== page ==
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India needs about Rs 26,000 billion to combat Covid-19: ICMR report

Union health ministry’s budget is 1.3 per cent of the GDP and the Centre has pledged Rs 150 billion towards the public health crisis so far.

Published: 13th June 2020 06:04 PM  |   Last Updated: 14th June 2020 08:48 AM   |  A+A-

Union Health Minister Harsh Vardhan

Union Health Minister Harsh Vardhan (File photo| Shekhar Yadav, EPS)

NEW DELHI: A whopping 6.2% of the country’s GDP is required to fight the Covid-19 pandemic in India with intensified public measures, a report by the Indian Council of Medical Research (ICMR) has said.

Considering that Union health ministry’s budget is 1.3 per cent of the GDP and the Centre has pledged Rs 150 billion towards the public health crisis so far. This means that the cost of Covid-19 care could be nearly five times the annual allocation for health budget and 75 times the money dedicated currently towards the disease management.

In absolute number that means, cost of Covid-19 management in the country could be Rs 25,534 billion or US $339 billion.

The report “A Model-Based Analysis for COVID-19 Pandemic in India: Implications for Health Systems and Policy for Low- and Middle-Income Countries” has also noted that “in the event of a lockdown for 8 weeks, the peak of the epidemic shifts by 34-76 days, and the number of cases at the end of 8-week lockdown reduces by 69% to 97% with varying effectiveness of lockdown.

“However, the cumulative long-term cases remain the same,” says the report prepared by the public health specialists and health economists attached with the ICMR, PGI, Chandigarh, London School of Hygiene and Tropical Medicine and a member of the National Task Force on Covid-19.

The 25-page report submitted to the government also underlines that intensification of public health surveillance measures with 60% effectiveness is estimated to reduce the cases at peak and cumulative number of infections by 70% and 26.6% respectively.

Strengthening the health system response in terms of enhanced testing, isolation of cases, treatment and contact tracing, as is being done currently, would have to be the mainstay to reduce the impact of the pandemic in terms of reduction in infected population and COID-19 deaths in India until a vaccine becomes available, experts have said.

One of the highlights of the report is that without the lockdown and public health measures such as testing, contact tracing the peak would have come in mid- July but has now been shifted in November and the total number of infections at the peak would be much lesser than the unmitigated scenario.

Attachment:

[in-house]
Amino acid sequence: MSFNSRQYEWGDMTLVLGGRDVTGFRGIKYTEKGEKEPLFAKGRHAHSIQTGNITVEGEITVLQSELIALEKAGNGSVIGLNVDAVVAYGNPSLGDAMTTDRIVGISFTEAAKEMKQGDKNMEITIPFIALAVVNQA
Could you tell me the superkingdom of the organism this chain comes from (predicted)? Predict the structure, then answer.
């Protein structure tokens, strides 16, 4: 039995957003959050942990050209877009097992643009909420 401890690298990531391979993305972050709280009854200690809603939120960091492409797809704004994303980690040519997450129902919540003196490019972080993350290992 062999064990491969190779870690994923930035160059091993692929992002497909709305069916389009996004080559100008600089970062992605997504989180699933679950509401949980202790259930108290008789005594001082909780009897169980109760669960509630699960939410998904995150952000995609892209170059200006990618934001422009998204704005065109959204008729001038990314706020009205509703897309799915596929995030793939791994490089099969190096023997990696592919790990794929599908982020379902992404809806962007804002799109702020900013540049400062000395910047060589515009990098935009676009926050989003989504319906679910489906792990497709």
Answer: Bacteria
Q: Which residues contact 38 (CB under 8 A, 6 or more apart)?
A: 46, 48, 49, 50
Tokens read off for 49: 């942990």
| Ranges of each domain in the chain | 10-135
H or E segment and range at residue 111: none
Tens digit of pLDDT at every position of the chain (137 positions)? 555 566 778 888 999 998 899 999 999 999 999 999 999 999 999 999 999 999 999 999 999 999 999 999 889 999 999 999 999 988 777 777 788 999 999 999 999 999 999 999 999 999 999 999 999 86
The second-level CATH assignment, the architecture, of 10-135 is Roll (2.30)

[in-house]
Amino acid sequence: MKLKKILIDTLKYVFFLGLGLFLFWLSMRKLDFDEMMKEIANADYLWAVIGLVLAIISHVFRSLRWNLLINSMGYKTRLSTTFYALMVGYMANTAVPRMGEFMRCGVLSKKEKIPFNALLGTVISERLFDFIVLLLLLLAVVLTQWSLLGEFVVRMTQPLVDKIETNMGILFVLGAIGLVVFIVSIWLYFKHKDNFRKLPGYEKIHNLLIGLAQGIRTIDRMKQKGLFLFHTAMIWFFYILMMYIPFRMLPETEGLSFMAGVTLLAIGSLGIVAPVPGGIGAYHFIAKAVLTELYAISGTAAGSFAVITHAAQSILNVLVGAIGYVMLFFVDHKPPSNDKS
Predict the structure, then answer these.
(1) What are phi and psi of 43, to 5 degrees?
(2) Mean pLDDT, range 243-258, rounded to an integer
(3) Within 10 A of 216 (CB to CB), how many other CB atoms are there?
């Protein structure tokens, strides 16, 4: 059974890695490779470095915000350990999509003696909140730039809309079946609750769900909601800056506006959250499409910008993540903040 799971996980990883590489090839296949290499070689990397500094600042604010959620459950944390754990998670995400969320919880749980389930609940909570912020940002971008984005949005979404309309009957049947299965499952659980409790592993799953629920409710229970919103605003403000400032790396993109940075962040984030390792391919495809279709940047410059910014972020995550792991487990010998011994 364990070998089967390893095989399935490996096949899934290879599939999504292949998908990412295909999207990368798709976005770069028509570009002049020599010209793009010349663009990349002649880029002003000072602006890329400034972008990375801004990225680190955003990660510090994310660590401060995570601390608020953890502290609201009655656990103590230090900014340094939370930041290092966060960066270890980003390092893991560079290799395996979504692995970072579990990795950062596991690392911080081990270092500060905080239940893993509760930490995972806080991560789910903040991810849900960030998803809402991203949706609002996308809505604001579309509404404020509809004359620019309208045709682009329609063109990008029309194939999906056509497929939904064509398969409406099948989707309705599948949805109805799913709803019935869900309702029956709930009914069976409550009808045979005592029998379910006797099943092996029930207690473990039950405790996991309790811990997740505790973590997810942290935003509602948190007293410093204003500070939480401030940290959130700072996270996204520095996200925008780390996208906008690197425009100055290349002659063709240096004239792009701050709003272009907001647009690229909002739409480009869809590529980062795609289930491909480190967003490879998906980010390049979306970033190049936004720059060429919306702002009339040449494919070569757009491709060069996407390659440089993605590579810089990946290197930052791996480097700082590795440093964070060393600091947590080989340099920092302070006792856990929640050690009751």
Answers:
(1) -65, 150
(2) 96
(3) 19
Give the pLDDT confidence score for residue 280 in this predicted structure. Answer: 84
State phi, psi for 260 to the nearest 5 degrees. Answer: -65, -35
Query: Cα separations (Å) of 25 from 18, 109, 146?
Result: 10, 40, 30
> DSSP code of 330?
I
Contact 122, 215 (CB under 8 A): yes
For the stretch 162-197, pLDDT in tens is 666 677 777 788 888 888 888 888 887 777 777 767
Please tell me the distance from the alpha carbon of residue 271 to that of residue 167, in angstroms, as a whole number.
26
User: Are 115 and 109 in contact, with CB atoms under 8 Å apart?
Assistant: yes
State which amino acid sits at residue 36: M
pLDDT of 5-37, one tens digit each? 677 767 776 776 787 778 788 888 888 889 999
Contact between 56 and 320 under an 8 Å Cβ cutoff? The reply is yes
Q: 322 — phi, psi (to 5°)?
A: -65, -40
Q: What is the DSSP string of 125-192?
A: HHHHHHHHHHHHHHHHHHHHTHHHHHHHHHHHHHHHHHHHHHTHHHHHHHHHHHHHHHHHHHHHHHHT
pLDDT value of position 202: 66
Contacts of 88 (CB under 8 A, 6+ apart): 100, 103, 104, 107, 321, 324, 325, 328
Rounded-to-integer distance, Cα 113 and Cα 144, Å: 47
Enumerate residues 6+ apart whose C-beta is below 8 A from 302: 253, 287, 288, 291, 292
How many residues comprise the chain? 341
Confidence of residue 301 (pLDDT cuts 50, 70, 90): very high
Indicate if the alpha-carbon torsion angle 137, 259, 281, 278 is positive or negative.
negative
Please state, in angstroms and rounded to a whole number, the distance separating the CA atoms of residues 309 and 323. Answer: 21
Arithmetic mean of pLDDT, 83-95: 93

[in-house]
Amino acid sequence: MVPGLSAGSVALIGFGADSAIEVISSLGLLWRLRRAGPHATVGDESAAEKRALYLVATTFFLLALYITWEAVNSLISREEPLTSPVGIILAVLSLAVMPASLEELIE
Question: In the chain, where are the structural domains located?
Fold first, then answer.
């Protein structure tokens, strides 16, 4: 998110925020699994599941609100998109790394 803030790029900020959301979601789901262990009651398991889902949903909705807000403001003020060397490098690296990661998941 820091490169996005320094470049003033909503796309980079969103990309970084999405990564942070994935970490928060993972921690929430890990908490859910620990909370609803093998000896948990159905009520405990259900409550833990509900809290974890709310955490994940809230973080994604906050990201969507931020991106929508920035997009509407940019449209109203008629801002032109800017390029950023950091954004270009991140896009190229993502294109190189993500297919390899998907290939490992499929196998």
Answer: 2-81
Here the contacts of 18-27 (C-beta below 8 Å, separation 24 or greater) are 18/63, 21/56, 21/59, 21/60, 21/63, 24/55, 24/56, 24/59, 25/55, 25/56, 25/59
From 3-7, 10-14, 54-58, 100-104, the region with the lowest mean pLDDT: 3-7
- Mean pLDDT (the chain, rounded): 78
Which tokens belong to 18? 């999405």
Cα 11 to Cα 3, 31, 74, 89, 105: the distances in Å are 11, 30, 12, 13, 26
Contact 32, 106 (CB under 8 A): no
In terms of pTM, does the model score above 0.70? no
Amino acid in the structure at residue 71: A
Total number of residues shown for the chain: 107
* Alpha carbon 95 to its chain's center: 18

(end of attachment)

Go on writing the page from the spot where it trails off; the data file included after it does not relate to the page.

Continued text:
“The first two weeks of the lockdown were most effective in containing the spread of the disease and as per our analysis. The peak could be expected in October-November,” Dr. Narendra Arora, chair of the operations research group of the national Covid-19 task force said.

“While some modelers and scientists in the US and UK were predicting doom for India in May-June, we have done much better and the main cornerstone of our Covid-19 strategy has been the effective cluster management,” Dr. Arora said, adding, the country is much better prepared to deal with infections now than it was in March.

According to the report, the health system cost of managing Covid-19 in the scenarios of no-mitigation or 8-week lockdown is estimated to be Rs 11,313 billion.

“This is nearly 4.5% of the GDP. These estimated costs increased by 2.25 times with an intervention of 8-week lockdown and public health measures with 60% effectiveness,” says the report. “The incremental cost of intensified public health measures per infection and death prevented is estimated to be 43,867 and 3.84 million respectively.”

The estimated requirement of isolation beds, ICU beds, and ventilators at the peak of the epidemic in the unmitigated scenario is 1805, 394, and 69 per 1 million population, respectively—the experts estimated.

In the event of public health measures being strengthened with 60% effectiveness after lockdown, the requirement of ICU beds as well as ventilators each will be reduced by 83% .

The report noted that the majority of the mild cases would require isolation in a non-hospital setting-- the current dedicated resources in terms of isolation beds, ICU beds, and ventilators are adequate to meet the necessity till the 3rd week of September.

“Beyond this point, there is a period of unmet need for approximately 3.3 months for isolation and ICU beds and 2.9 months. Similarly, in the scenario of intensified public health measures with 60% effectiveness after lockdown, the demand can be met till 1st week of November and afterwards it is inadequate for 5.4, 4.6 and 3.9 months to meet the demand for isolation beds, ICU beds, and ventilators, respectively,” the experts say in the report.



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